A nation is building in India today before the eyes of the world so swiftly, so palpably that all can watch the process and those who have sympathy and intuition distinguish the forces at work, the materials in use, the lines of the divine architecture. This nation is not a new race raw from the workshop of Nature or created by modern circumstances. One of the oldest races and greatest civilisations on this earth, the most indomitable in vitality, the most fecund in greatness, the deepest in life, the most wonderful in potentiality, after taking into itself numerous sources of strength from foreign strains of blood and other types of human civilisation, is now seeking to lift itself for good into an organised national unity. Formerly a congeries of kindred nations with a single life and a single culture, always by the law of this essential oneness tending to unity, always by its excess of fecundity engendering fresh diversities and divisions, it has never yet been able to overcome permanently the almost insuperable obstacles to the organisation of a continent. The time has now come when those obstacles can be overcome. The attempt which our race has been making throughout its long history, it will now make under entirely new circumstances. A keen observer would predict its success because the only important obstacles have been or are in the process of being removed. But we go farther and believe that it is sure to succeed because the freedom, unity and greatness of India have now become necessary to the world. This is the faith in which the Karmayogin puts its hand to the work and will persist in it, refusing to be discouraged by dificulties however immense and apparently insuperable. We believe that God is with us and in that faith we shall conquer. We believe that humanity needs us and it is the love and service of humanity, of our country, of the race, of our religion that will purify our heart and inspire our action in the struggle.
The task we set before ourselves is not mechanical but moral and spiritual. We aim not at the alteration of a form of government but at the building up of a nation. Of that task politics is a part, but only a part. We shall devote ourselves not to politics alone, nor to social questions alone, nor to theology or philosophy or literature or science by themselves, but we include all these in one entity which we believe to be all-important, the dharma, the national religion which we also believe to be universal. There is a mighty law of life, a great principle of human evolution, a body of spiritual knowledge and experience of which India has always been destined to be guardian, exemplar and missionary. This is the sanatana dharma, the eternal religion. Under the stress of alien impacts she has largely lost hold not of the structure of that dharma, but of its living reality. For the religion of India is nothing if it is not lived. It has to be applied not only to life, but to the whole of life; its spirit has to enter into and mould our society, our politics, our literature, our science, our individual character, affections and aspirations. To understand the heart of this dharma, to experience it as a truth, to feel the high emotions to which it rises and to express and execute it in life is what we understand by Karmayoga. We believe that it is to make the yoga the ideal of human life that India rises today; by the yoga she will get the strength to realise her freedom, unity and greatness, by the yoga she will keep the strength to preserve it. It is a spiritual revolution we foresee and the material is only its shadow and reﬂex.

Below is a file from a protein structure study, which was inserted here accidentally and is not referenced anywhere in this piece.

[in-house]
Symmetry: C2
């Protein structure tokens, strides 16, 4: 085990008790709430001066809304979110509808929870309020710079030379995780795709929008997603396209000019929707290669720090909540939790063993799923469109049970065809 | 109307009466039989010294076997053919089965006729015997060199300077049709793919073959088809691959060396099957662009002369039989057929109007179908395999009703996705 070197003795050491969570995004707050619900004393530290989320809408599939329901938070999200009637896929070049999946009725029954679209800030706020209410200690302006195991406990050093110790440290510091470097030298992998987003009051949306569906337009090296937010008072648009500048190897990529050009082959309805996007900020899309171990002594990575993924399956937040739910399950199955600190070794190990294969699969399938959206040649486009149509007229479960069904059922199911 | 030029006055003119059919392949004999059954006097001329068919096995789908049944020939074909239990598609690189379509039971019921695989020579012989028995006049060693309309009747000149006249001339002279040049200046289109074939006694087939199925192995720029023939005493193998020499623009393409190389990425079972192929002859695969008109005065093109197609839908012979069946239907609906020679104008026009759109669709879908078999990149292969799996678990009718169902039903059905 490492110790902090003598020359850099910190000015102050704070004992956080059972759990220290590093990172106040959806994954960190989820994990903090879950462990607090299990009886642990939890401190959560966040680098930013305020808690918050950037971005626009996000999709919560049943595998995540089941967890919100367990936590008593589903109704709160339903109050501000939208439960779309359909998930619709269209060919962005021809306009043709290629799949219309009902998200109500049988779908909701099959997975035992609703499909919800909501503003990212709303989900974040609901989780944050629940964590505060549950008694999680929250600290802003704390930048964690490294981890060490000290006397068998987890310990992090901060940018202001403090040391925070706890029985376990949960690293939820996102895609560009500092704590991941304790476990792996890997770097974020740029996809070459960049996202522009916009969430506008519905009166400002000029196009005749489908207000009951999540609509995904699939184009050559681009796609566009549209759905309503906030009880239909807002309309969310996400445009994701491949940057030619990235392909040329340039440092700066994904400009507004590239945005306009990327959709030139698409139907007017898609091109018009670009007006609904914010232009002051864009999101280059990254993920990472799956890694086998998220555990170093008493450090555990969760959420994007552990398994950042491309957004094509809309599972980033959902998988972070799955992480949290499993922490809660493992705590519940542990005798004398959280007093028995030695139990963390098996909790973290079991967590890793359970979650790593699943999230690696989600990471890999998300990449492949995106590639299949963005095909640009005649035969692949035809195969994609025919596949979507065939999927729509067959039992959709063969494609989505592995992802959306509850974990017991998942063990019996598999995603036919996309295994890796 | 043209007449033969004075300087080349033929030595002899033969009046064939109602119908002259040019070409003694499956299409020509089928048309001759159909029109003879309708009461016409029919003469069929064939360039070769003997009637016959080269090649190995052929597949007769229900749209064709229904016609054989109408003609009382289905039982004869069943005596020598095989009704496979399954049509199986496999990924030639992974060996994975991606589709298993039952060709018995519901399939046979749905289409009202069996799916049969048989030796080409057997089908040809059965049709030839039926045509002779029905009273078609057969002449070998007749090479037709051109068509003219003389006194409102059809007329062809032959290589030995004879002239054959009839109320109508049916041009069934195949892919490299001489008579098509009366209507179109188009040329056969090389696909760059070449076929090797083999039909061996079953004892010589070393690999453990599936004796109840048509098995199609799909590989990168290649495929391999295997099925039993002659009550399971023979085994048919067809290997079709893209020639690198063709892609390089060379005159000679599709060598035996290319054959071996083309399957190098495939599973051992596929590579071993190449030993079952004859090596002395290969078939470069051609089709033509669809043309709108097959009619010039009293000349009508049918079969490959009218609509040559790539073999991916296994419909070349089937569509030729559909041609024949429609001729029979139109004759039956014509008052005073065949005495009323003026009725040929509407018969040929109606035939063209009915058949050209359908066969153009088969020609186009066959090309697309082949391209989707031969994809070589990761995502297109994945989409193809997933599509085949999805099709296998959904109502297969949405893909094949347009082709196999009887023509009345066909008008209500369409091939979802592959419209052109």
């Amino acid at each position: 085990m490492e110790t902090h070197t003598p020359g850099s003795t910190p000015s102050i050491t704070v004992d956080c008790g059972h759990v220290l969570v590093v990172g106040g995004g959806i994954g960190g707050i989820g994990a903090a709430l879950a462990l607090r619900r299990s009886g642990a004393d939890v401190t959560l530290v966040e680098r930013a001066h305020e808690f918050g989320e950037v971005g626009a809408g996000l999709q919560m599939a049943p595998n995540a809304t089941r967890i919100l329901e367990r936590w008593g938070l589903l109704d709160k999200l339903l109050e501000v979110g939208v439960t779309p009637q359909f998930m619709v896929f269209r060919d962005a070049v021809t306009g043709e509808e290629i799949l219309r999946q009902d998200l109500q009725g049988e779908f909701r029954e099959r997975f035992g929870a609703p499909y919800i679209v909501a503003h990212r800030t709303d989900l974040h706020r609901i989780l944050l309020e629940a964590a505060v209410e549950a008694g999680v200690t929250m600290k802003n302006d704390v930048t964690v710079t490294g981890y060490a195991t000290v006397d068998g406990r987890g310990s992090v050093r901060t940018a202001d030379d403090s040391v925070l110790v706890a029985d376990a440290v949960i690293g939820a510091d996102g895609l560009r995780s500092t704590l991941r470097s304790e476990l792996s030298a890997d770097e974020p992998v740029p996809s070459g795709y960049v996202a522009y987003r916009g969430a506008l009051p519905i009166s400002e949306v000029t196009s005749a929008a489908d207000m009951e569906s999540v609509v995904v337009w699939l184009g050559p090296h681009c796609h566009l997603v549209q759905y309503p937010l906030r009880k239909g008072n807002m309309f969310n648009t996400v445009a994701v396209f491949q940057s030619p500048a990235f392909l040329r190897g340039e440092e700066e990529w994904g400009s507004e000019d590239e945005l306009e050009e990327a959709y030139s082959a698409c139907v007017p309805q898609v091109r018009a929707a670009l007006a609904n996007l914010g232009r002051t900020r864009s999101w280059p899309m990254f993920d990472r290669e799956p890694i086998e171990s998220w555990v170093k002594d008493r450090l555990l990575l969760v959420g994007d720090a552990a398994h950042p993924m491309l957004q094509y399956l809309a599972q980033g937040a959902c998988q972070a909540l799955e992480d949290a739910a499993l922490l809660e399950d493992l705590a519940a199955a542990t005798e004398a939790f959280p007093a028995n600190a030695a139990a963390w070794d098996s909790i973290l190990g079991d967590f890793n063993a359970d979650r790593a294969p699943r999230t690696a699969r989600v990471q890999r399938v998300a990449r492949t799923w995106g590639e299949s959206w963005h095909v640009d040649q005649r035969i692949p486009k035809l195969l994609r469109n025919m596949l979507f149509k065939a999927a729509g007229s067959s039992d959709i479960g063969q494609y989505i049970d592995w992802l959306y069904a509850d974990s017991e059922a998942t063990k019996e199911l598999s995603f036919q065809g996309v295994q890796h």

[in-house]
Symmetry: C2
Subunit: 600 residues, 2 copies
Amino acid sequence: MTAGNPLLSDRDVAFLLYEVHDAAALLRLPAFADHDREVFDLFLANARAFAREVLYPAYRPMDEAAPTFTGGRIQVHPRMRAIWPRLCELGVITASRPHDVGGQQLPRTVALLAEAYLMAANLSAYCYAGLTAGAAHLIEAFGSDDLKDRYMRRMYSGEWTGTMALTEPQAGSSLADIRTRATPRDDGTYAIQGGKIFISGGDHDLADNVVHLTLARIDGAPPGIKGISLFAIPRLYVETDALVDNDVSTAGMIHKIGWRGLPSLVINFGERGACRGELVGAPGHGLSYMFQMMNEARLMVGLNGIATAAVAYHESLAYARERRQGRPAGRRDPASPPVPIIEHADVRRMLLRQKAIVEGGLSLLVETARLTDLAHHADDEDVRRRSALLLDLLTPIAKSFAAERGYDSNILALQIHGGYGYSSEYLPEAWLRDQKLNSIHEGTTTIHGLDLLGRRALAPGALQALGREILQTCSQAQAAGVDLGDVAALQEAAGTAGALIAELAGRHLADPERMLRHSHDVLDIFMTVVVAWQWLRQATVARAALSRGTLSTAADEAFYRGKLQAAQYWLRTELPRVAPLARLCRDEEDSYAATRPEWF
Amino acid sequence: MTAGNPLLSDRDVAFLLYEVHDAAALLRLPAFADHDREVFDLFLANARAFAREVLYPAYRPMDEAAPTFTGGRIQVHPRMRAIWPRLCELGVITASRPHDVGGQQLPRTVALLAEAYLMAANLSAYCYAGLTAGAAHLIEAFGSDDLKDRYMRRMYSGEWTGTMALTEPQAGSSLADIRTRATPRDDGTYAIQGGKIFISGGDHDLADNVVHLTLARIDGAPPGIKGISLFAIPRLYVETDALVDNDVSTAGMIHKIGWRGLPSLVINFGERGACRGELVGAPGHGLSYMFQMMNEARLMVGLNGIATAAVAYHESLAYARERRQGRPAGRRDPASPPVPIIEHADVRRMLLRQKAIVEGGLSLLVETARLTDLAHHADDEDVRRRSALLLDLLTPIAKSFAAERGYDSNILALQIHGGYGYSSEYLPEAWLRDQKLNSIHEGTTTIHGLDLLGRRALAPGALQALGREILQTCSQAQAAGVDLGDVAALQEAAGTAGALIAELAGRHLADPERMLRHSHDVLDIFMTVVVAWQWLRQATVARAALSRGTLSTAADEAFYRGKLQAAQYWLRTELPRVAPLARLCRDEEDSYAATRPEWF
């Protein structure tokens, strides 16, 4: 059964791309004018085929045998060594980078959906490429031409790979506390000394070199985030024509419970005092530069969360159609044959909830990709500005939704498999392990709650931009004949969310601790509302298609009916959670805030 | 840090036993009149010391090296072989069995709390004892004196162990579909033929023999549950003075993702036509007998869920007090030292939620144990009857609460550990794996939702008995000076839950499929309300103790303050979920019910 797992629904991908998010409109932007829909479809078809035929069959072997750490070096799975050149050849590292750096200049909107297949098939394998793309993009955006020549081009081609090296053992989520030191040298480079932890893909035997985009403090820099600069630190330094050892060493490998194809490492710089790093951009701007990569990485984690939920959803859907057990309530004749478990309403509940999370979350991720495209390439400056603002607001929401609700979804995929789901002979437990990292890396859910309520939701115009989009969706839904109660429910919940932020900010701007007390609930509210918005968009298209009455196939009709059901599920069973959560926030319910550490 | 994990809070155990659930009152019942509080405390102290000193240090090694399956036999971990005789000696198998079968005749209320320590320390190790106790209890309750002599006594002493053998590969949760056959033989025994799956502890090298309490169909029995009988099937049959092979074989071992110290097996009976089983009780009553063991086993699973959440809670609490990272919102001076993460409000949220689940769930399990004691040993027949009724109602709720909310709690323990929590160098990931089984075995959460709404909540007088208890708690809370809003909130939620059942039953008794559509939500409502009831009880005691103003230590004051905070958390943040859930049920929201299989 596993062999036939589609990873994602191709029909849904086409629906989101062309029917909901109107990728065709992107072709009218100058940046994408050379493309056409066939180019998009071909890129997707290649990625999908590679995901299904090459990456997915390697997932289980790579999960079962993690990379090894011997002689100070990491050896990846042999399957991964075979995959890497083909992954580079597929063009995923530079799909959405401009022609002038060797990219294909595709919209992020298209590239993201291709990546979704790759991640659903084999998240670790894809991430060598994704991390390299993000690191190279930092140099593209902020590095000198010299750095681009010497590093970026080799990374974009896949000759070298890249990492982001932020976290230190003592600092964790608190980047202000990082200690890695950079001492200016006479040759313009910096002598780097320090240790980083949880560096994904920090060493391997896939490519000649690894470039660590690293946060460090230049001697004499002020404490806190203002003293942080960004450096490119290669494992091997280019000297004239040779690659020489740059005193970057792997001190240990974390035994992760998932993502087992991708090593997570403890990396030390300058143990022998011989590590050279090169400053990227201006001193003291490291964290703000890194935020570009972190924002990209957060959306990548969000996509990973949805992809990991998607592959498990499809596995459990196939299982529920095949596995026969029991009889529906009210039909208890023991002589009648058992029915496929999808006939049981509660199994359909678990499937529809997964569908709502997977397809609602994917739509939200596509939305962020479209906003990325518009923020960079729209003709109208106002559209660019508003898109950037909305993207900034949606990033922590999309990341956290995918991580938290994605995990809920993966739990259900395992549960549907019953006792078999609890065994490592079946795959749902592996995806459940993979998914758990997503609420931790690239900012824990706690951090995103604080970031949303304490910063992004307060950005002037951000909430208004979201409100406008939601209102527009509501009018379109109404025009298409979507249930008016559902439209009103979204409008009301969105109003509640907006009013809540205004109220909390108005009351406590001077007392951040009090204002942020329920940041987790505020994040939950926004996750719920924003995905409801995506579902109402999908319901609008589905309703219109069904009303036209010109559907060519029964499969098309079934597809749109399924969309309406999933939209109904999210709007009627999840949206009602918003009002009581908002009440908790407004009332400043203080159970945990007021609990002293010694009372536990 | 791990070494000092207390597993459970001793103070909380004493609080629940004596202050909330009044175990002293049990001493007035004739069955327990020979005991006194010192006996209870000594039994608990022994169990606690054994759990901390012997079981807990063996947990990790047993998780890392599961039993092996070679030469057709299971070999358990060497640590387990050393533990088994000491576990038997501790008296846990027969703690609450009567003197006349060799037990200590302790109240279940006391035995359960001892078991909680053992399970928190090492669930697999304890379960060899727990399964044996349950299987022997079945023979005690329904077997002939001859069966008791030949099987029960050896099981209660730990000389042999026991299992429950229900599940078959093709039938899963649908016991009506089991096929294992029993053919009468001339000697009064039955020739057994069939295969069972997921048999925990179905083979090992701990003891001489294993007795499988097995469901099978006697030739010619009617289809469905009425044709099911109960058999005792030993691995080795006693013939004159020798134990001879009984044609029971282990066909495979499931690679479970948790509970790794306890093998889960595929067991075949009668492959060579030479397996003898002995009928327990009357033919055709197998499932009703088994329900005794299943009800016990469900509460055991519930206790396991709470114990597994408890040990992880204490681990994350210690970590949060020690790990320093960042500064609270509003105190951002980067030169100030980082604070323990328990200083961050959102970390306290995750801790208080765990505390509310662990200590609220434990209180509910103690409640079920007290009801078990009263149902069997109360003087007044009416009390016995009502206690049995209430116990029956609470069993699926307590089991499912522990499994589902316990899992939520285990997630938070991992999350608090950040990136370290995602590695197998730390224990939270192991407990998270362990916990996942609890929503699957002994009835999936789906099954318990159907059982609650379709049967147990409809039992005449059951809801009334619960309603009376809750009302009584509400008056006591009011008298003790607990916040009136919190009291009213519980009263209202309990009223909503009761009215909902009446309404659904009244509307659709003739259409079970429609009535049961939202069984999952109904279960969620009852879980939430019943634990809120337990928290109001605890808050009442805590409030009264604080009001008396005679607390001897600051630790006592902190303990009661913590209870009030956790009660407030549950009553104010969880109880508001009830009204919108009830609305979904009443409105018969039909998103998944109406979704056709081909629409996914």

The European sets great store by machinery. He seeks to renovate humanity by schemes of society and systems of government; he hopes to bring about the millennium by an act of Parliament. Machinery is of great importance, but only as a working means for the spirit within, the force behind. The nineteenth century in India aspired to political emancipation, social renovation, religious vision and rebirth, but it failed because it adopted Western motives and methods, ignored the spirit, history and destiny of our race and thought that by taking over European education, European machinery, European organisation and equipment we should reproduce in ourselves European prosperity, energy and progress. We of the twentieth century reject the aims, ideals and methods of the Anglicised nineteenth precisely because we accept its experience. We refuse to make an idol of the present; we look before and after, backward to the mighty history of our race, forward to the grandiose destiny for which that history has prepared it.
We do not believe that our political salvation can be attained by enlargement of Councils, introduction of the elective principle, colonial self-government or any other formula of European politics. We do not deny the use of some of these things as instruments, as weapons in a political struggle, but we deny their sufciency whether as instruments or ideals and look beyond to an end which they do not serve except in a triing degree. They might be suficient if it were our ultimate destiny to be an outlying province of the British Empire or a dependent adjunct of European civilisation. That is a future which we do not think it worth making any sacrifce to accomplish. We believe on the other hand that India is destined to work out her own independent life and civilisation, to stand in the forefront of the world and solve the political, social, economical and moral problems which Europe has failed to solve, yet the pursuit of whose solution and the feverish passage in that pursuit from experiment to experiment, from failure to failure she calls her progress. Our means must be as great as our ends and the strength to discover and use the means so as to attain the end can only be found by seeking the eternal source of strength in ourselves.